Grassroots Social Development

Avenues for preparing social sector professionals crucial for planned social change and grassroots development need attention, writes Rajagopal C V.

Fancycrave 165872 unsplash

As a nation, Indians have heavily invested in preparing engineers, lawyers, and managers (by way of what is referred to commonly as professional programmes). However, the avenues for preparing social sector professionals, crucial for planned social change and grassroots development, have not received equal attention. 

Despite improvements in human development challenges like literacy, access to school, and the Right to Education (RTE) Act, we continue to face significant issues, including a high percentage of stunted and undernourished children (~35.5%), Infant Mortality Rate (IMR) at 35.2, as per the National Family Health Survey (NFHS) 21, learning gaps leading to dropouts, scarce suitable job opportunities, and water scarcity and pollution in many cities. 

Social sector organisations play a vital role in strengthening public systems by collaborating with the government.

What is the social development sector?

The social development sector in India is broadly classified into the following types of organisations:

Competencies required to work in the social development sector

Working in the social sector is not only about having the right skills and competencies or capability of using certain tools and methods, but also about the need to have critical perspectives on key domains, the ability to engage empathetically, communicate effectively with the stakeholders in context, and more. 

Addressing India’s challenges requires an understanding of the following along with technical and managerial skills:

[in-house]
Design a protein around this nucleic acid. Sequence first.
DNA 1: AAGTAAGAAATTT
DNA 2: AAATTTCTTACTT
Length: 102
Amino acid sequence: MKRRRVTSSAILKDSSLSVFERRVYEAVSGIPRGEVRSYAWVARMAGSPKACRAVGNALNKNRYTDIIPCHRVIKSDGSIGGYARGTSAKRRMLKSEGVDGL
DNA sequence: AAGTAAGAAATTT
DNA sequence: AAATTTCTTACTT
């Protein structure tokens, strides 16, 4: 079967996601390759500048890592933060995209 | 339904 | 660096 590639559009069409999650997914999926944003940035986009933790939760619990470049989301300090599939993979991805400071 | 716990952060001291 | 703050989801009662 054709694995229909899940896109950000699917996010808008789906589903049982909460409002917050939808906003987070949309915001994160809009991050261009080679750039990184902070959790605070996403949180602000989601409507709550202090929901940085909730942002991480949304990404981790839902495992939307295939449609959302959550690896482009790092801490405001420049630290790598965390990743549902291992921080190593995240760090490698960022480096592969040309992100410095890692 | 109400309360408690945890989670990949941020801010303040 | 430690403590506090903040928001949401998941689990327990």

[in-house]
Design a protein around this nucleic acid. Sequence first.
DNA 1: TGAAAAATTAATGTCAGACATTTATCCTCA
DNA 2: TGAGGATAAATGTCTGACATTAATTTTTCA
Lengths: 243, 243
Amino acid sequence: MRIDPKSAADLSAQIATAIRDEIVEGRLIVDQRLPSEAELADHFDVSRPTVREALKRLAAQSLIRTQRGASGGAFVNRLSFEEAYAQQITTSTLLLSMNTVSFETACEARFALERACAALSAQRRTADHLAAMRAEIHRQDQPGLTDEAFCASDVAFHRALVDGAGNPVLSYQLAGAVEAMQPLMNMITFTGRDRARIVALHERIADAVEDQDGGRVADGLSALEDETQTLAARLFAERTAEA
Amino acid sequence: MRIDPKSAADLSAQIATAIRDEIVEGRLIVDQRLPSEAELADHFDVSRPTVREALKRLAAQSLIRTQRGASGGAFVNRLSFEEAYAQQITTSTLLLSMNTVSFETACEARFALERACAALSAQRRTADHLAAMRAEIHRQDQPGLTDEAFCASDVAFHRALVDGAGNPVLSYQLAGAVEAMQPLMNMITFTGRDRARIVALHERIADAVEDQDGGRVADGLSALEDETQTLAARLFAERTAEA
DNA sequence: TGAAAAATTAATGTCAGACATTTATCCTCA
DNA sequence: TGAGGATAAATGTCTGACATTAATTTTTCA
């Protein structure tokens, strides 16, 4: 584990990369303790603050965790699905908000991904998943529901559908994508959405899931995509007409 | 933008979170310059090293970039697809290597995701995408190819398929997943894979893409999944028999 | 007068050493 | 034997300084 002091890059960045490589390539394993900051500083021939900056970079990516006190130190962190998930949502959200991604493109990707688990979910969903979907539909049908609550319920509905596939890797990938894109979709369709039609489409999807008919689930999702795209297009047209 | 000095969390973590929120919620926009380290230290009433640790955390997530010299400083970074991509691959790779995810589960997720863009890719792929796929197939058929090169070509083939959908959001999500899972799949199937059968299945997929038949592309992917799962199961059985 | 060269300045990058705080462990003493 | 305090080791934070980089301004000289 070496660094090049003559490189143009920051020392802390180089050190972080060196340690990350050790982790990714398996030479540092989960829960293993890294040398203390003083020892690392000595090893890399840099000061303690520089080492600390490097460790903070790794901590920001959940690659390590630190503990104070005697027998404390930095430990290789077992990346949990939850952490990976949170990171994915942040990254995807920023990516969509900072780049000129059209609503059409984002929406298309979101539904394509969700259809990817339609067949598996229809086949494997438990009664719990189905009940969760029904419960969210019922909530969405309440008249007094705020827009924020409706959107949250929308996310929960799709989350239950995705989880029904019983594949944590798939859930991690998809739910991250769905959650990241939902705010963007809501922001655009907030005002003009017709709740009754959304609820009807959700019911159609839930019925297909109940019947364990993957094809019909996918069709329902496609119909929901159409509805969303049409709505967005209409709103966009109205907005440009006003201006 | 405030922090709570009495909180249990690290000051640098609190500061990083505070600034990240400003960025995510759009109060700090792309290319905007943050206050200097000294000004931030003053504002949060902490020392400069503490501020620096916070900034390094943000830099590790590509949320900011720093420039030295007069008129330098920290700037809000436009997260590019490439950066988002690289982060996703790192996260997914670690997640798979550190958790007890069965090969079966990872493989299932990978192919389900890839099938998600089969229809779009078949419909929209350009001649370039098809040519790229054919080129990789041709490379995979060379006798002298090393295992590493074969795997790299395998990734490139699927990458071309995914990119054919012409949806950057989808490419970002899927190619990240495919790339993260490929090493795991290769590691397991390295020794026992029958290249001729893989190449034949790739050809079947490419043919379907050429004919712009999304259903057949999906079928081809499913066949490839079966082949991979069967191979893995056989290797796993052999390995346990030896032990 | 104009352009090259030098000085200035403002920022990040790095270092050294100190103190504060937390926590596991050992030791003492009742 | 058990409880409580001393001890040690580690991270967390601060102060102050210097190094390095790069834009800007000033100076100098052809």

• social stratification in the Indian society
  • people and culture
  • public institutions, structures that impact our lives
  • government policies at work 
  • global perspectives (how other countries have addressed these challenges)

The planned social change that we want to see is indeed complex and solutions to such complex problems must be interdisciplinary. 

For instance, meaningful contributions to the education sector necessitate skills in curriculum design, pedagogy, research methods, and also a strong foundation in educational theory and perspectives.

  • Competencies for the education sector

    Competencies for the education sector

Career pathways to join the social development sector

India’s youth can join the social sector using the following pathways:

  1. Join a fellowship programme: Join a reputed fellowship programme that will provide them with on-the-ground field experience and a fair lens of what it means to work in the area of their choice.
    An indicative list of fellowship programmes in India is listed at https://​idron​line​.org/​f​e​l​l​o​w​s​hips/
  2. Pursue a two-year Master’s programme: Consider enrolling in a Master’s programme in a domain of your interest. Options include:

These programmes are offered at institutions such as Tata Institute of Social Sciences (TISS), Azim Premji University, Ambedkar University Delhi, Institute of Rural Management, Anand (IRMA) and other similar institutions focused on social work and related courses.